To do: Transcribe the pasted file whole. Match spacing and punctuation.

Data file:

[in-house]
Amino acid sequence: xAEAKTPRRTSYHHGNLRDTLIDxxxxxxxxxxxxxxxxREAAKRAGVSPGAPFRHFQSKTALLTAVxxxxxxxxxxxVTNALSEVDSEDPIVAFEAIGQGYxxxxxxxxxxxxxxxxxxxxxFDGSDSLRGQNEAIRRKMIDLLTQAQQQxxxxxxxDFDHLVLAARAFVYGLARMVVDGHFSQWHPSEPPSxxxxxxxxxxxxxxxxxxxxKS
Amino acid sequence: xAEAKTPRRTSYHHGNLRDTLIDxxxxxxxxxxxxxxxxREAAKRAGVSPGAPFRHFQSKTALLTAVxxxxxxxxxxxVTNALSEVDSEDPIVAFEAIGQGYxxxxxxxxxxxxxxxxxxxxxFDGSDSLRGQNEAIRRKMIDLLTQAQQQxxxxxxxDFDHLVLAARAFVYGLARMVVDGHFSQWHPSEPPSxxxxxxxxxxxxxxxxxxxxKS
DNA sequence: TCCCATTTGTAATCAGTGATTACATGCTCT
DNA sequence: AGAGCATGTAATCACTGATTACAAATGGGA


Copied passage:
[in-house]
Amino acid sequence: xAEAKTPRRTSYHHGNLRDTLIDxxxxxxxxxxxxxxxxREAAKRAGVSPGAPFRHFQSKTALLTAVxxxxxxxxxxxVTNALSEVDSEDPIVAFEAIGQGYxxxxxxxxxxxxxxxxxxxxxFDGSDSLRGQNEAIRRKMIDLLTQAQQQxxxxxxxDFDHLVLAARAFVYGLARMVVDGHFSQWHPSEPPSxxxxxxxxxxxxxxxxxxxxKS
Amino acid sequence: xAEAKTPRRTSYHHGNLRDTLIDxxxxxxxxxxxxxxxxREAAKRAGVSPGAPFRHFQSKTALLTAVxxxxxxxxxxxVTNALSEVDSEDPIVAFEAIGQGYxxxxxxxxxxxxxxxxxxxxxFDGSDSLRGQNEAIRRKMIDLLTQAQQQxxxxxxxDFDHLVLAARAFVYGLARMVVDGHFSQWHPSEPPSxxxxxxxxxxxxxxxxxxxxKS
DNA sequence: TCCCATTTGTAATCAGTGATTACATGCTCT
DNA sequence: AGAGCATGTAATCACTGATTACAAATGGGA